This is How We Build A Life of Purpose

For many people, myself included, we are often inclined to treat volunteering as an extracurricular activity. It’s a productive use of free time, a chance to give depth to an otherwise ordinary day.

But meeting a passionate volunteer like Jaja happily reminded me that there is more to it than just a pastime—that genuine service touches the soul and changes lives.

During my 3-hour long interview with her, I was deeply moved by how passionately and candidly she shared her volunteer journey with me—from her younger days, to her current volunteer stints, and then to her future plans. To date, she’s been involved in a wide variety of volunteer activities like feeding programs, community immersions, tutorial sessions and playtime with kids.

Jaja is the only law student I know who dreams to be a preschool teacher. During her undergraduate years, her degree in sociology opened her eyes to the different facets of human society, and sparked her passion for teaching young children. Despite her initial doubts and misgivings, Jaja started law school to fulfill her family’s dreams. But amidst all the responsibilities, the expectations and the harsh realizations that came with law school, Jaja always finds the opportunity to share her time with others.

It’s never too early to start volunteering.

There is no such thing as an age requirement because we can never be too young or too old to help.

Jaja considers herself lucky to have started volunteering at an early age. When she was in elementary school, her mom used to bring her to company-sponsored charity events. Young as she was back then, she enjoyed visiting orphanages with her mom and her mom’s colleagues. She fondly recalled that during those events, she was the only kid among the group and it didn’t bother her. During her high school days, her love for service was further reinforced by various school activities and community immersions.

It is indeed remarkable how such simple and ordinary life events molded her into the kind of person she is today. It just goes to show that we don’t need life-changing events to spur us into action, and that we can always start at any given time. Now is the best time to start volunteering and to encourage others—regardless of age—to heed the call of service.

Volunteering is open to everyone.

Whatever we’re capable of, in whatever phase of our life we are in, we can make a difference, an impact.

Jaja is a naturally friendly person. She loves meeting new people and going to new places—alone or with friends. Unlike many people I know, she doesn’t mind going to volunteer activities on her own. But even so, Jaja emphasized that we can all help in our own ways. We don’t need a specific talent or personality because we are good as we are.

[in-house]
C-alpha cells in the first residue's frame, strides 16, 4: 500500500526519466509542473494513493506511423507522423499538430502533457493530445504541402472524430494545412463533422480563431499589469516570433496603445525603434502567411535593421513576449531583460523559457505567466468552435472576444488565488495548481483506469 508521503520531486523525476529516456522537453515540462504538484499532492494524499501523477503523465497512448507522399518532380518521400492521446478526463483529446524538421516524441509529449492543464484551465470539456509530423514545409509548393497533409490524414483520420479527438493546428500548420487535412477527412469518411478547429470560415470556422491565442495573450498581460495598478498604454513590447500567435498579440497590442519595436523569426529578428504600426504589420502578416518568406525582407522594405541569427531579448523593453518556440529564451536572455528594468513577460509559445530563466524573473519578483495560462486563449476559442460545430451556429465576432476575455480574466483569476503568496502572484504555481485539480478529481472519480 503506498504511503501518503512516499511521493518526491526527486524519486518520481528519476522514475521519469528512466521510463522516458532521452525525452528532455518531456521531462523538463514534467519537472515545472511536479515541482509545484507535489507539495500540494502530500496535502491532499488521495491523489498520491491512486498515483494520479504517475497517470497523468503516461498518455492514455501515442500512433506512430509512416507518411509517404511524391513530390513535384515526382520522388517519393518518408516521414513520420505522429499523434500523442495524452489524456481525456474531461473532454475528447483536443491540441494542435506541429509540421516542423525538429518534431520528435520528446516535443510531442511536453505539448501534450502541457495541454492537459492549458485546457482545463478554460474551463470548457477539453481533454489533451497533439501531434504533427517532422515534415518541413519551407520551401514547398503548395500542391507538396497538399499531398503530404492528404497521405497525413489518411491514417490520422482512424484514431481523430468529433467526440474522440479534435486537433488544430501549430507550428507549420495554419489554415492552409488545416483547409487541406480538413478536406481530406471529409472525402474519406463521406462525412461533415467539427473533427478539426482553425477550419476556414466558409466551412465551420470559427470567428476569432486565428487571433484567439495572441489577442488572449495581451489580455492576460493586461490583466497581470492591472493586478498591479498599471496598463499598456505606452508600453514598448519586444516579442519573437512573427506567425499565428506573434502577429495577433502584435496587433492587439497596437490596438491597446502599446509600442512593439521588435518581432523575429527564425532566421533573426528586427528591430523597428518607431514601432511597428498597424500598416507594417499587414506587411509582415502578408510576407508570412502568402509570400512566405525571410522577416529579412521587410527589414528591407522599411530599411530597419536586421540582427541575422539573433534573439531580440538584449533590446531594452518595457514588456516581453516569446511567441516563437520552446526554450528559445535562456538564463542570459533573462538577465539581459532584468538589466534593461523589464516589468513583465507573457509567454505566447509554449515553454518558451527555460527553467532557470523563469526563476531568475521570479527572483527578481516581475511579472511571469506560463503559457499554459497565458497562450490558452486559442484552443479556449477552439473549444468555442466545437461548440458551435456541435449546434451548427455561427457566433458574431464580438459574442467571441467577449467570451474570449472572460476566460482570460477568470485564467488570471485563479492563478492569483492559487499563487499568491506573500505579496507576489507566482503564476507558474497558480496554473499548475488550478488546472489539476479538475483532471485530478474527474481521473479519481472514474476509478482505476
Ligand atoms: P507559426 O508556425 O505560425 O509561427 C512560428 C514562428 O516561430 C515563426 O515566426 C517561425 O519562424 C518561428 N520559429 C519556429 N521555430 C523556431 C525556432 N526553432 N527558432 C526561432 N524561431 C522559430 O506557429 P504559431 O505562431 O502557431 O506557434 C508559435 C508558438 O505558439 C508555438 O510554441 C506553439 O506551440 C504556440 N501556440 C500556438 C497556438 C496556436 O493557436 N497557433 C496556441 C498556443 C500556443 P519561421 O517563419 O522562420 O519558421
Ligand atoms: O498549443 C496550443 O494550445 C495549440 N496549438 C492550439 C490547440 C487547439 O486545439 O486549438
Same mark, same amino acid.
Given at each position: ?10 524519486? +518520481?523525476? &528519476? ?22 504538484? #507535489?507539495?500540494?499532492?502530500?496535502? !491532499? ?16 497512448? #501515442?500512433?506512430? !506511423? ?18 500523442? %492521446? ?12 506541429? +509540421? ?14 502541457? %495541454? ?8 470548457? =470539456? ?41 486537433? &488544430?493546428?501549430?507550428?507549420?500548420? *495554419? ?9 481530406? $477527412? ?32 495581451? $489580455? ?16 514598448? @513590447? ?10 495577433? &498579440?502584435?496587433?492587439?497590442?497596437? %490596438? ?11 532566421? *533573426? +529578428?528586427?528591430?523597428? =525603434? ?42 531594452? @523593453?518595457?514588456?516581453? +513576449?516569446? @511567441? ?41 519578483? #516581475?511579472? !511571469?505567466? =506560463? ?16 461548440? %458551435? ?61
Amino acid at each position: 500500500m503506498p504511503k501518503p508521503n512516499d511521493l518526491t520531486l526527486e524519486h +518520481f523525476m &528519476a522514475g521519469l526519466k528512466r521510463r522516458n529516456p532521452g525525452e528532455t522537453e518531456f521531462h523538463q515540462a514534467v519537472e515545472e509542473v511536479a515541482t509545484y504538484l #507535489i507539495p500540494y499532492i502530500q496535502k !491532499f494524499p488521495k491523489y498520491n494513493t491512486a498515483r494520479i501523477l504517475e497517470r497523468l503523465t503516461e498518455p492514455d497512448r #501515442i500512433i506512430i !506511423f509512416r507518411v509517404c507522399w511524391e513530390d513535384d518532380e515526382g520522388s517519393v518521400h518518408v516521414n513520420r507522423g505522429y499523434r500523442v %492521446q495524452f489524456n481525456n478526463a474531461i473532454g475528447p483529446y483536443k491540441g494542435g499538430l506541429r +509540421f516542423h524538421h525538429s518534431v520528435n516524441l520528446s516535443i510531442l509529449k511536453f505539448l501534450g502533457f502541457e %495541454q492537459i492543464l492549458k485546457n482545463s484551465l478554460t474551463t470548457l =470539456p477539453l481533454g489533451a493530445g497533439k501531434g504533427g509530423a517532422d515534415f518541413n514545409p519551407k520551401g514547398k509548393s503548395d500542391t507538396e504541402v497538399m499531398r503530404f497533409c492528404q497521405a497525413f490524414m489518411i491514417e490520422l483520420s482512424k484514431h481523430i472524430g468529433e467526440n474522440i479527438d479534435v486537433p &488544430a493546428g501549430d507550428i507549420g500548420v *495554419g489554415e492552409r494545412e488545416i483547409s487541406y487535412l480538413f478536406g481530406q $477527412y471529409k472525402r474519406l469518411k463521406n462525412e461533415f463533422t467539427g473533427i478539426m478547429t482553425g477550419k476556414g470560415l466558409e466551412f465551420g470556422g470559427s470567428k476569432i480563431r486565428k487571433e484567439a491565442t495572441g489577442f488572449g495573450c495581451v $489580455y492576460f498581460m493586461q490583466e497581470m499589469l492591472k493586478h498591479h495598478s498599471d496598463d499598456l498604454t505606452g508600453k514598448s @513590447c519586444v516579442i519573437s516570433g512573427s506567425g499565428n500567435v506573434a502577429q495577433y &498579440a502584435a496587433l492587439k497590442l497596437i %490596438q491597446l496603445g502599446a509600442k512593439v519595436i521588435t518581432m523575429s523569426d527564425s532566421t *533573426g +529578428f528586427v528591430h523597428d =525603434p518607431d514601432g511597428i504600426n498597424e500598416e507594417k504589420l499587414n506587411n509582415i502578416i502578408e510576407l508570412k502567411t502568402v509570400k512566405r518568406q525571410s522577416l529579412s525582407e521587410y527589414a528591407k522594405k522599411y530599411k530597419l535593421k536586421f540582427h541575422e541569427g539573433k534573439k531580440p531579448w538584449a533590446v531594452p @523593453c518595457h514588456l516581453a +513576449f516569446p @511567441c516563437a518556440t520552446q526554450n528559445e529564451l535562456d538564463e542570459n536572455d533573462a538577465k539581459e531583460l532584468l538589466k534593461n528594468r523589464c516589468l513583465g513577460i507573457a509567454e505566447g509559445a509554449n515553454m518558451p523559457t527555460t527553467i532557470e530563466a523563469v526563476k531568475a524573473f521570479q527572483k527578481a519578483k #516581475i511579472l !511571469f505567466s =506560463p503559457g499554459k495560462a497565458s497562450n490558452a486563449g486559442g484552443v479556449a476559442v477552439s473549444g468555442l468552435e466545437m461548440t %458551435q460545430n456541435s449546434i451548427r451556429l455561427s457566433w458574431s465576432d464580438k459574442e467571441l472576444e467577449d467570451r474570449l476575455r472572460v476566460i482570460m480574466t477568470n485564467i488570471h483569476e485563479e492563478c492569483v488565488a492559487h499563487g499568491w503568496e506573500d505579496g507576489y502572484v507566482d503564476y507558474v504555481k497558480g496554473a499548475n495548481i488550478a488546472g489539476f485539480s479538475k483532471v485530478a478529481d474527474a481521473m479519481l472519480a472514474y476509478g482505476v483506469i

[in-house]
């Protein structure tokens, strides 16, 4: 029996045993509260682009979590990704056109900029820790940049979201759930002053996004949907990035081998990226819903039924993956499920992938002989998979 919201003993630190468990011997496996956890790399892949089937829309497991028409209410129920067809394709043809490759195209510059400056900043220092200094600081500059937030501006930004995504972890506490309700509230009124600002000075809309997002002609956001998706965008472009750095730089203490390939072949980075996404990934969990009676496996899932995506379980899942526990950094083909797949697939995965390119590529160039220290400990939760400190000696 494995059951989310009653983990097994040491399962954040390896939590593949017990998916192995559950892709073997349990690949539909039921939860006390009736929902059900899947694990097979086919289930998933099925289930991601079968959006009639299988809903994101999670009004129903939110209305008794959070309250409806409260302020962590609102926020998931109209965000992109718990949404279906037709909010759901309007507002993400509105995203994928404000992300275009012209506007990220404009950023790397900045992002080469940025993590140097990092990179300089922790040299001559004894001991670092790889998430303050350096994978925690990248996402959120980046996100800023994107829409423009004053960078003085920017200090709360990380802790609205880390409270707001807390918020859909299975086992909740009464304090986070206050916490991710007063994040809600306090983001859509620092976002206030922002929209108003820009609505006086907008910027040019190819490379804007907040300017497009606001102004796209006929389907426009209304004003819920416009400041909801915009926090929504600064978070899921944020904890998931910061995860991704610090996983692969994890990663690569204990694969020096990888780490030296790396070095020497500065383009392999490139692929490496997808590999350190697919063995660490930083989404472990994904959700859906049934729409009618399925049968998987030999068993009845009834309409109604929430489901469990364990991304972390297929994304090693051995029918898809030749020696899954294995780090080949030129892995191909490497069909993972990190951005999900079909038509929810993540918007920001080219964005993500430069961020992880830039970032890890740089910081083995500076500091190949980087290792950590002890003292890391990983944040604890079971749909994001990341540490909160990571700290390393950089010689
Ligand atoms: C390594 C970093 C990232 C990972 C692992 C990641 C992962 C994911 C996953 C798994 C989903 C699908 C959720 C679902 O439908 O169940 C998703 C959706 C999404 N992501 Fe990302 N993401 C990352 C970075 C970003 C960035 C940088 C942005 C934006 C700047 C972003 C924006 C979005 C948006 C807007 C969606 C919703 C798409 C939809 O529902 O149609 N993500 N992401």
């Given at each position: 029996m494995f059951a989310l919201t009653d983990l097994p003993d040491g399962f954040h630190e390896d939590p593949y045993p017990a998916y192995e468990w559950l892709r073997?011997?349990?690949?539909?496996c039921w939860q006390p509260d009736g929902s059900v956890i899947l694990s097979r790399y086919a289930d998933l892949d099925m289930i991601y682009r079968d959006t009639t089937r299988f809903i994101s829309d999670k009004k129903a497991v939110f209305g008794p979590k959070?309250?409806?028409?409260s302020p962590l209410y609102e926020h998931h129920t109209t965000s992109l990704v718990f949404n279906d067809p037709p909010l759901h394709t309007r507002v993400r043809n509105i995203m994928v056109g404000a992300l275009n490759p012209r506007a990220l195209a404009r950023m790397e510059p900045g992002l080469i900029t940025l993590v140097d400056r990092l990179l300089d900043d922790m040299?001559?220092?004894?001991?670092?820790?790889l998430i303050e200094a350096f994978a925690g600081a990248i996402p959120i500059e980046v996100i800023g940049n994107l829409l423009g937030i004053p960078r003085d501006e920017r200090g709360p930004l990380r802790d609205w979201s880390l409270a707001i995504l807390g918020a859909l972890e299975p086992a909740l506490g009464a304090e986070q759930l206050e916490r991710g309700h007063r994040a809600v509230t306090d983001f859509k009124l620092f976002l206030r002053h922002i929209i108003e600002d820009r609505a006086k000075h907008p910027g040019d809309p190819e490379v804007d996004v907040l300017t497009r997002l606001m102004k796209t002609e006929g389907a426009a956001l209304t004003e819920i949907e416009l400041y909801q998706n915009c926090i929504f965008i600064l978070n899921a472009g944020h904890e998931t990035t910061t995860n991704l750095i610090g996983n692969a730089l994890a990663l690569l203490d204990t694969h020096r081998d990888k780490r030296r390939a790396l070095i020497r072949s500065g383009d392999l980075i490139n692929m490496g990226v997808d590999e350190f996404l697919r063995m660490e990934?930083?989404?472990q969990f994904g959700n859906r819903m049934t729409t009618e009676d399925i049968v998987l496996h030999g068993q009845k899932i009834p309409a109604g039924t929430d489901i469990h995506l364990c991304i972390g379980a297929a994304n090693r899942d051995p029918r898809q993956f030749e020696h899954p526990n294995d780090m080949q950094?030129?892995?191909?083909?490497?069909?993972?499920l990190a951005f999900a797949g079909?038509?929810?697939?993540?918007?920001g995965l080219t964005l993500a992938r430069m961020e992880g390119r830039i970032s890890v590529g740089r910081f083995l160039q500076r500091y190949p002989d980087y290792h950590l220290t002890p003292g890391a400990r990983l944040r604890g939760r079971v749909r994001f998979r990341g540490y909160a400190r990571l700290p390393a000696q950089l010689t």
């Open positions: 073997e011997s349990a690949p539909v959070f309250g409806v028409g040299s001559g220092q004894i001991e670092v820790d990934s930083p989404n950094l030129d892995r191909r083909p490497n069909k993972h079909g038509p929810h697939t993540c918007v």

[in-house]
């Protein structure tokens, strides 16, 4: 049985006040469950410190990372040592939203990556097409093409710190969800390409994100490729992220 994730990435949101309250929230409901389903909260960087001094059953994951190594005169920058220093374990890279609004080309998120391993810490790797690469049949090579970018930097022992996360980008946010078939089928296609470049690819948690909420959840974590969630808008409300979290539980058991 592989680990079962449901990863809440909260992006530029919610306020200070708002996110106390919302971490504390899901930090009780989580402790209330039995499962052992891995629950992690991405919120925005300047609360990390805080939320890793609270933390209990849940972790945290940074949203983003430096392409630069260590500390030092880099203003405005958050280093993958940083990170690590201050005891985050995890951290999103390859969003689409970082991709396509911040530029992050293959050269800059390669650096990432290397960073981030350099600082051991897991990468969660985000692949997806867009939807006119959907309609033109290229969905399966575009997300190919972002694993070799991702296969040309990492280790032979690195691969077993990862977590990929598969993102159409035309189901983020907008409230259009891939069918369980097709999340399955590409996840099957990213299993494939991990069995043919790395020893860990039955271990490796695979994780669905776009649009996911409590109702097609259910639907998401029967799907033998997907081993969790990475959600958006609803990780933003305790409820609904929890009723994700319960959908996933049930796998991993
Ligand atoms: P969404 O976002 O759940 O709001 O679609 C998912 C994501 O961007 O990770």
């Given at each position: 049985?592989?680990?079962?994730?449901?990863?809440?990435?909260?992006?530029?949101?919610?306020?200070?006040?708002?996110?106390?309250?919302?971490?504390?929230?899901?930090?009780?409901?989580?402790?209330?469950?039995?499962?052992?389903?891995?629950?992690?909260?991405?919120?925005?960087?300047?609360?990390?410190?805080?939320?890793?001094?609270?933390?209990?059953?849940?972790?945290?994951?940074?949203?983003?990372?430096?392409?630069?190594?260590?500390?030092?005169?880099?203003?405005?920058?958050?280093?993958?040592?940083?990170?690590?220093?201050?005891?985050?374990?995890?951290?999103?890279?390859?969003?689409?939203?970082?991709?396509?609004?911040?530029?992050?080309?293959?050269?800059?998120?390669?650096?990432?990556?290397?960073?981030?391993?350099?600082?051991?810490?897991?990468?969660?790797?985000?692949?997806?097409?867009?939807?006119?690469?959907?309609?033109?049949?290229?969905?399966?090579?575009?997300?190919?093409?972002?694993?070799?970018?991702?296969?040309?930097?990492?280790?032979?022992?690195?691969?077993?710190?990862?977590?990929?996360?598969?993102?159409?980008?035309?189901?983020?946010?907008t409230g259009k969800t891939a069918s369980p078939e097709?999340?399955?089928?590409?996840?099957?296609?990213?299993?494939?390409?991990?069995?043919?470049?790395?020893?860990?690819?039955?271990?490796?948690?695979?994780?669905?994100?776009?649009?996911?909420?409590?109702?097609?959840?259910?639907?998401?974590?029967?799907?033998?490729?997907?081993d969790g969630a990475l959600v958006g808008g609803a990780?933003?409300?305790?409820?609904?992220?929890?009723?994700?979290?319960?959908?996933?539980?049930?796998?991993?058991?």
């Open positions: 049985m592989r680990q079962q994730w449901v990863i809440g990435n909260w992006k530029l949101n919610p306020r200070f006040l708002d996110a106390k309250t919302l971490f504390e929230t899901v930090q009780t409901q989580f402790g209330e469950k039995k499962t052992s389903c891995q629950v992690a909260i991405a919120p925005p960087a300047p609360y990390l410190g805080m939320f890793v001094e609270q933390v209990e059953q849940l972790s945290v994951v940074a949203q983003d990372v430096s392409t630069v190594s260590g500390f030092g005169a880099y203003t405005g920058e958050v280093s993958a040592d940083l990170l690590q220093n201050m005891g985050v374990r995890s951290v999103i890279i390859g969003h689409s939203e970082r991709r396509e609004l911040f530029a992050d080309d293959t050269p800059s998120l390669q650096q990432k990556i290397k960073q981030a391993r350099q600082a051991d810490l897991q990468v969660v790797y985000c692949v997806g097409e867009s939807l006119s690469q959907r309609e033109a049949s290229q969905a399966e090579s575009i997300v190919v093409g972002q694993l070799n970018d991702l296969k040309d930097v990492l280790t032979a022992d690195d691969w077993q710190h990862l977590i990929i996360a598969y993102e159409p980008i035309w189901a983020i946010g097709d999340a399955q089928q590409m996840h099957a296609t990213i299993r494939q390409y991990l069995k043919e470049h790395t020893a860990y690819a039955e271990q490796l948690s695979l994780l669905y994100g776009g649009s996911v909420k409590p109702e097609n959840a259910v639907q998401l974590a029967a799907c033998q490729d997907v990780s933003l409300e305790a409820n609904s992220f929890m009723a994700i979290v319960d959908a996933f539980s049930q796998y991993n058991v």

There are different ways for which people can contribute—from cooking to distributing food during feeding programs, to playing or teaching the kids, to visiting communities and simply listening to their unique stories. For those who tend to shy away from people, Jaja happily suggested that they can help behind the scenes as photographers, writers, online advocates, and so on.

The opportunity to contribute to society is truly limitless. The key is to find the right avenue that fits our skills and personality. We can come as we are—no pressure and expectation—just genuine passion and kindness.

Volunteering can be our anchor in the rush of life.

It can be the calm amidst the storm, the coffee in the middle of a harsh winter night.

For Jaja, volunteering is a much needed respite, an integral part of her life, a priority among other priorities. It keeps her sane amidst all the pressure heaped up on her shoulders. But more than that, volunteering reminds her to always believe in the goodness of people and the healing power of genuine care.

Jaja recounted the times when law school challenged her belief in humanity and irrevocably changed the way she perceives the world. Law school exposed her to the politics of law, the inconsistencies of the legal system, and the extent to which human rights are violated. She further described how it was oftentimes disheartening to read through hundreds of murder and rape cases—sometimes involving children—that remain unsolved.

But she’s now in her last year of law school, and she would never have survived it with as much positivity as she still has if it weren’t for the volunteer works she’s done along the way. Through the years, she’s made volunteering a priority (apart from law) because she didn’t want the bleak aspects of her education to erase her hope for a better world.

Indeed it is true that as we go through life, we may lose our ideals as we discover the good and the bad this world can offer. Like Jaja, we may encounter experiences that challenge our principles and faith. But service and kindness are everywhere. We only have to look and care enough to make an effort. And the reward of our kindness is the chance to restore our faith, and nurture a life well lived.

Jaja’s volunteer journey is truly inspiring in its simplicity. This is how we build a life of purpose: when we transform kindness to action, and compassion to service. Volunteerism is more than just a part time commitment, but instead, a lifelong journey of love and kindness.

by Lorraine Rañoa, iVolunteer Philippines


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